Tagged audience

Students in youtube montage are apparent.

Classmates, Family, Friends, Followers, Allies, Opponents, Enemies, Bosses, Trolls, Haters, Users, and Google: Understanding Digital Audiences On YouTube


For well over a decade now, college writing teachers have recognized a “digital imperative” to empower and guide students to compose and publish digital work. The choice to publish to the complex audiences of the internet offers remarkable opportunities, raises critical issues, and involves some real risks. Since 2013, students in Sean Molloy’s college writing classes have posted their “3-minute movie” video essays to YouTube and thought about the kinds of audiences they might reach there. (Carissa Kelly posted her video in 2016.) Some of these video essays have now reached growing audiences for eight years. By sharing these publicly posted movies with new writing classes, we have built an academic conversation about intended and unintended YouTube audiences which has extended across classrooms, semesters, and two colleges. Gradually, we have developed a YouTube audience model that we share and discuss here, including some new insights based on Carissa’s case-study analysis of YouTube’s creator studio data for her video. We offer this report of our eight-year conversation about reaching YouTube audiences as one way to transcend the constraints of the writing classroom and semester—while also critically examining Google/YouTube’s power to mediate access to these audiences.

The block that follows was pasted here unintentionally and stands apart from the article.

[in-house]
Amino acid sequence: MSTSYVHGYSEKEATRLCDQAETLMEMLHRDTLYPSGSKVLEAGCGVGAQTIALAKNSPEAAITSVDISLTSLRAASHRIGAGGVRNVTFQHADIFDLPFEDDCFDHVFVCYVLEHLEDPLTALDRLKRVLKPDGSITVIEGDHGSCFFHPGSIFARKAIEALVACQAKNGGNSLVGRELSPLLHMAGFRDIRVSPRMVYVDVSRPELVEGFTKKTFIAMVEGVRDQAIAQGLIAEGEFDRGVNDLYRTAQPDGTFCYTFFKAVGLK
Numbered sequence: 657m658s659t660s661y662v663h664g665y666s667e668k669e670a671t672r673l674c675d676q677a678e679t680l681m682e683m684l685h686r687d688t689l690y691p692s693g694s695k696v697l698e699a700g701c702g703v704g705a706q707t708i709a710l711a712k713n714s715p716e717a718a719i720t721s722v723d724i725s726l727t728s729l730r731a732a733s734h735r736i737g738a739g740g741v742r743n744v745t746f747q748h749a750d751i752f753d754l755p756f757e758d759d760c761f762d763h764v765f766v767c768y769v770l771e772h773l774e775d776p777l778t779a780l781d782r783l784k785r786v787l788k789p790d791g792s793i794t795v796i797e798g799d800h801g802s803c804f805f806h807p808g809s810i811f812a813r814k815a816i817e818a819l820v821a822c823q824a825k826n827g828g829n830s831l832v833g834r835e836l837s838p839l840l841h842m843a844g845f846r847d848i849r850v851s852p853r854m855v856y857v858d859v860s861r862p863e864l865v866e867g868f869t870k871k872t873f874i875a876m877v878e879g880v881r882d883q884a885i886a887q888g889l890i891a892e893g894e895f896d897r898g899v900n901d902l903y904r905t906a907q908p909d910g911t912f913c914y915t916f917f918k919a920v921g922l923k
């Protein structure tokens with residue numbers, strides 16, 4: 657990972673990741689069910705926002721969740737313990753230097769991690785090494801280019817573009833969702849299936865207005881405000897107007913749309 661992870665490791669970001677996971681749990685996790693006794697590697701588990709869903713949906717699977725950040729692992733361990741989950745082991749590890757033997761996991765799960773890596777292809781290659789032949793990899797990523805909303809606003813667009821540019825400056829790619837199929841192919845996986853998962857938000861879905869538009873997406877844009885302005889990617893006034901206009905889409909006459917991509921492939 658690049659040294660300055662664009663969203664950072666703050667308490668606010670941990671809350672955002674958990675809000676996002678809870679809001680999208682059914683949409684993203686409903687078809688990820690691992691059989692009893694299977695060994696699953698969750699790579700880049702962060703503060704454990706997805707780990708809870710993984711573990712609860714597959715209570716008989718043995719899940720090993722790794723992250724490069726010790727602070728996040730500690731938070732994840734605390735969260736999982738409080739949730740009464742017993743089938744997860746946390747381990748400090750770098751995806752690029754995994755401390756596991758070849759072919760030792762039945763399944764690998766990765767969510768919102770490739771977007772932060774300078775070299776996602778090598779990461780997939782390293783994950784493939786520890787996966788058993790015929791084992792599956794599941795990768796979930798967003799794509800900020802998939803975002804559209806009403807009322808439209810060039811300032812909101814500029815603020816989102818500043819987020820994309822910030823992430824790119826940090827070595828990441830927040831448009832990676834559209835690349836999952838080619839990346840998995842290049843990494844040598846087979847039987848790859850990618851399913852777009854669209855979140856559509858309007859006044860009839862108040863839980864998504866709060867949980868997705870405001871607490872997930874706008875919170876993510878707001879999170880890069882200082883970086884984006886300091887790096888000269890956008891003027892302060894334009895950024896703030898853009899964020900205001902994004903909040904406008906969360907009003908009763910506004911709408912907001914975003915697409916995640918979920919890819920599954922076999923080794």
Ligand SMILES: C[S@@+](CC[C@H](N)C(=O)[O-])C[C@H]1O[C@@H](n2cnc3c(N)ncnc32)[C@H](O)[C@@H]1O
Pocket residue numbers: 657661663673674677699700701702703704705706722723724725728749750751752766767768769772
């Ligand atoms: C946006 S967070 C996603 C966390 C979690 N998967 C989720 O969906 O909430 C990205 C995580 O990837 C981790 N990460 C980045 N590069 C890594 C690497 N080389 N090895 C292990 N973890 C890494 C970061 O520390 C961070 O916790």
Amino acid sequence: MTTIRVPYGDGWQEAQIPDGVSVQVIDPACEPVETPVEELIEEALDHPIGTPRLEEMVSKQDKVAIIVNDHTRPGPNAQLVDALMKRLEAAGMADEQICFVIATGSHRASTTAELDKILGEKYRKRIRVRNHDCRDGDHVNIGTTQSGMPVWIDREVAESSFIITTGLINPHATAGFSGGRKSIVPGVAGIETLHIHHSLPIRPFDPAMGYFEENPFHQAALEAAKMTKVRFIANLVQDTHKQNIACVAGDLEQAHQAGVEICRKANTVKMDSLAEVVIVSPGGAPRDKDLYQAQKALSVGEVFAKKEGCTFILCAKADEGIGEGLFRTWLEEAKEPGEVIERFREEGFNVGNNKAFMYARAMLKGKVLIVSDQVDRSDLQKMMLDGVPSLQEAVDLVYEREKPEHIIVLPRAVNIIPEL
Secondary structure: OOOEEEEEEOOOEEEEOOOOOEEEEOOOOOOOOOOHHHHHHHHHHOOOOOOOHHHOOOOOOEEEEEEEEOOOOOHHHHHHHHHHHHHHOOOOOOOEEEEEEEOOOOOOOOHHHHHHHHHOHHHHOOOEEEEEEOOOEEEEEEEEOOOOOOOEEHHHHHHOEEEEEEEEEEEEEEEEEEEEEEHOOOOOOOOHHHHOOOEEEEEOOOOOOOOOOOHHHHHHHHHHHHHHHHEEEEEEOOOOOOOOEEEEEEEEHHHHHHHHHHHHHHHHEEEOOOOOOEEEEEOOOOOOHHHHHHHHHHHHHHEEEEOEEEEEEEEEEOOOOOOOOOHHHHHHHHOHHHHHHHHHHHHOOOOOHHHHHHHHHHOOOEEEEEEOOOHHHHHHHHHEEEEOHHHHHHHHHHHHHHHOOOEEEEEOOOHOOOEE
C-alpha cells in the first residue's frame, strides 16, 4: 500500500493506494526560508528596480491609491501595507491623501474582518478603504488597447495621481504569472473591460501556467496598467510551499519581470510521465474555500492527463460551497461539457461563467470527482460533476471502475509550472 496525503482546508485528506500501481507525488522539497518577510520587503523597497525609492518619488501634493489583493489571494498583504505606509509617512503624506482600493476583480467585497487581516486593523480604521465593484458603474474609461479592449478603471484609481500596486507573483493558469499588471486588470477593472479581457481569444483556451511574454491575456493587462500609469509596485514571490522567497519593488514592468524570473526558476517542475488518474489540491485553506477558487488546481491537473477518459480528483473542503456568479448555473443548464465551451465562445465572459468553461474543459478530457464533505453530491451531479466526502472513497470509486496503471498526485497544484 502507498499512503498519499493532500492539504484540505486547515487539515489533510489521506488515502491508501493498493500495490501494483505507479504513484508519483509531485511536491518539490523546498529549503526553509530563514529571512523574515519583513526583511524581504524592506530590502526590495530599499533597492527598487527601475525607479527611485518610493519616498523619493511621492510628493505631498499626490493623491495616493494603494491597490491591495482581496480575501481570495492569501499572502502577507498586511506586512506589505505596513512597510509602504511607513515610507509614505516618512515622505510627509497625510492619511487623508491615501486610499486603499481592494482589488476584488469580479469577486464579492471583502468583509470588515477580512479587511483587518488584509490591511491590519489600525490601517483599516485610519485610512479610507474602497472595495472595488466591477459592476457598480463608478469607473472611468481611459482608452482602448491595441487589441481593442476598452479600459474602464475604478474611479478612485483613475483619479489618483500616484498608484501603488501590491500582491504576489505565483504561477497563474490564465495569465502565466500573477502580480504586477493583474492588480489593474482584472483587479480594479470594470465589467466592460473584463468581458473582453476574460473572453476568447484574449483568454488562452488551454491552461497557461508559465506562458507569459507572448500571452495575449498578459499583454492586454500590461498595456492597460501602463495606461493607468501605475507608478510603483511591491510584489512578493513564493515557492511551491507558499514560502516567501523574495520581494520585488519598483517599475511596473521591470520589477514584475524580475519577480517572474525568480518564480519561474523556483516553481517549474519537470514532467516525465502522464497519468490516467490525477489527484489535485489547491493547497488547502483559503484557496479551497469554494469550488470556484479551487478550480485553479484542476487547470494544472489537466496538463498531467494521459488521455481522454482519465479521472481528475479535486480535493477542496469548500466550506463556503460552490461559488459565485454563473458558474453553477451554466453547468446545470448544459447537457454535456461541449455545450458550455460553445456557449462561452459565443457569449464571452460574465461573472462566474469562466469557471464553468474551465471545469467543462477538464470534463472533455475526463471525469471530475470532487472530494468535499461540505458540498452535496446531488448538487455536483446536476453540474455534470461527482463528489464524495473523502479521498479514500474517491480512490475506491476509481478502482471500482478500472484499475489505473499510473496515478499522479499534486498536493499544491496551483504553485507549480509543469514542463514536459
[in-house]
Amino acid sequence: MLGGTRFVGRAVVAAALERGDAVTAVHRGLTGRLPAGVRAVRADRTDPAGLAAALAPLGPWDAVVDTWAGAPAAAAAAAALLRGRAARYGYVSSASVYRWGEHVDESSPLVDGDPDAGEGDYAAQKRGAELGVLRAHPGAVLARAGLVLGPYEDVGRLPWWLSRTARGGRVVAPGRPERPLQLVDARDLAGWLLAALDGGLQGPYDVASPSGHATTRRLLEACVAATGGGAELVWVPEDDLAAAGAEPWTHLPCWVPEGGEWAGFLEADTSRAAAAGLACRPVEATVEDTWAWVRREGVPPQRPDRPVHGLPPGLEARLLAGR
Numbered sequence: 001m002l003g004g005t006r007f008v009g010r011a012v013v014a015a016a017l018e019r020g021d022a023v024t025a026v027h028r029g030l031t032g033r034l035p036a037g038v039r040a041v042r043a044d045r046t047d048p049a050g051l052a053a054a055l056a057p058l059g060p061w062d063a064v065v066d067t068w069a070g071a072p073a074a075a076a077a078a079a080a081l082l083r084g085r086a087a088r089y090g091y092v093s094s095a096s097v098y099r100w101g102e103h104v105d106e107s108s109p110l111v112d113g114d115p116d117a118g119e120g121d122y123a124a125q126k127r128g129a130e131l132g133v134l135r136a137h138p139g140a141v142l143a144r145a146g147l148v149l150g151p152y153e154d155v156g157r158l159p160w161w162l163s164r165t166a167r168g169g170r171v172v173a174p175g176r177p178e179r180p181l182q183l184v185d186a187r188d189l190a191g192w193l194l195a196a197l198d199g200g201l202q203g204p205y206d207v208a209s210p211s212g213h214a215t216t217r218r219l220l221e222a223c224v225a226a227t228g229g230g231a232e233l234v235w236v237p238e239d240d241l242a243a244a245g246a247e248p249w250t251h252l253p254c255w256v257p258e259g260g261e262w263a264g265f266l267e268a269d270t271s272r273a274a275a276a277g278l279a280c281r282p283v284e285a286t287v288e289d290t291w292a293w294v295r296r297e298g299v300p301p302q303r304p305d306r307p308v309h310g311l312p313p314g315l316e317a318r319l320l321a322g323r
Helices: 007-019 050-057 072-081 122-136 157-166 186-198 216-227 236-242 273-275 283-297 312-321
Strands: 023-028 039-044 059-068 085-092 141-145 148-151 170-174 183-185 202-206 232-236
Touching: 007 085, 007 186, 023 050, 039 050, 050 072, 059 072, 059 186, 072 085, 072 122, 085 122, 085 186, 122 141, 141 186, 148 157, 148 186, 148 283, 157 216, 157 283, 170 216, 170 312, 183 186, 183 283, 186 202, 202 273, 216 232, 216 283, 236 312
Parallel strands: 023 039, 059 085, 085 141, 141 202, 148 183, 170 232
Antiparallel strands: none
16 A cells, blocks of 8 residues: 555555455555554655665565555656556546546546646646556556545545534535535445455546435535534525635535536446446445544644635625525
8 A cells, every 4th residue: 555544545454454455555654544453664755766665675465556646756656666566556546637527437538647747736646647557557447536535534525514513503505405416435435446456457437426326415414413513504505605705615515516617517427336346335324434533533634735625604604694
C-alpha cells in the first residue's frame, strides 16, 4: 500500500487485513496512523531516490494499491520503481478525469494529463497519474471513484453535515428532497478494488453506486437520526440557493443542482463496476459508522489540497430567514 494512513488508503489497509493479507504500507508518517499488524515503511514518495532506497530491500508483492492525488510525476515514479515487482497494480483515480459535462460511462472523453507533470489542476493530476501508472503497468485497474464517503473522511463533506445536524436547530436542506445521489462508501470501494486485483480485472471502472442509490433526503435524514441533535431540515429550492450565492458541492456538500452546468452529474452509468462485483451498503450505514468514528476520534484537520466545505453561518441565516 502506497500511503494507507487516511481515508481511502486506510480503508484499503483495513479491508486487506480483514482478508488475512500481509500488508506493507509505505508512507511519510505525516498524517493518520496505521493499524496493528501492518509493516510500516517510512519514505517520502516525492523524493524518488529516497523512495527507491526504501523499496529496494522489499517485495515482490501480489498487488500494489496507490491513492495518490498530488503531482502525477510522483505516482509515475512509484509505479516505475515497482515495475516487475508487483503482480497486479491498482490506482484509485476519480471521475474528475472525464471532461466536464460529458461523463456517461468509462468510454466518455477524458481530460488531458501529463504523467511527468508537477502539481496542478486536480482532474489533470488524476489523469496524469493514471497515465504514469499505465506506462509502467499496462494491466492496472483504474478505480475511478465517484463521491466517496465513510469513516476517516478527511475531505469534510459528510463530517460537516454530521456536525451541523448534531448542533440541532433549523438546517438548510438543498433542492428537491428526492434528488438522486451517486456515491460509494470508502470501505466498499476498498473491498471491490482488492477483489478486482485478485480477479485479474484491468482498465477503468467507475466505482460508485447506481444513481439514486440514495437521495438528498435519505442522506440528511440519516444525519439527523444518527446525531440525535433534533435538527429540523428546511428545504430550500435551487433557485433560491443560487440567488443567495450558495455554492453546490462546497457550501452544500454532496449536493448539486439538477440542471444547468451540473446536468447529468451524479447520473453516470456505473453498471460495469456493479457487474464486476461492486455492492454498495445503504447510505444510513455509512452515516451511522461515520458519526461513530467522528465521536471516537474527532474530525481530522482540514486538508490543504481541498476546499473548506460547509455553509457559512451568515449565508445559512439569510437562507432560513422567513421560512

With two billion current users, the potential YouTube audience is huge and complex. In 2010, anthropologist Michael Wesch argued YouTube videos could reach millions of viewers, build participatory networks, enact change, and empower every voice. Now a few videos even reach billions of views. But while YouTube has embraced a social media culture that values “community, openness and authenticity,” this same “participatory culture is also YouTube’s core business” (Burgess and Green 2018, vii). View counts track both rhetorical and financial success in this massive digital marketplace, as engineers quit NASA for careers creating squirrel obstacle course videos. The competition for eyes is fierce: five hundred hours of video are uploaded every minute. And viewers are often fickle; twenty percent may leave if they are not hooked in the first ten seconds. Unintended audiences are complex too. Videos can anger or alienate family, friends, followers, colleagues, and employers. Copyright claimants can intervene to edit, monetize, or delete videos. Trolls lurk everywhere. And behind the scenes, YouTube/Google manipulates everything to maximize its profit and its power.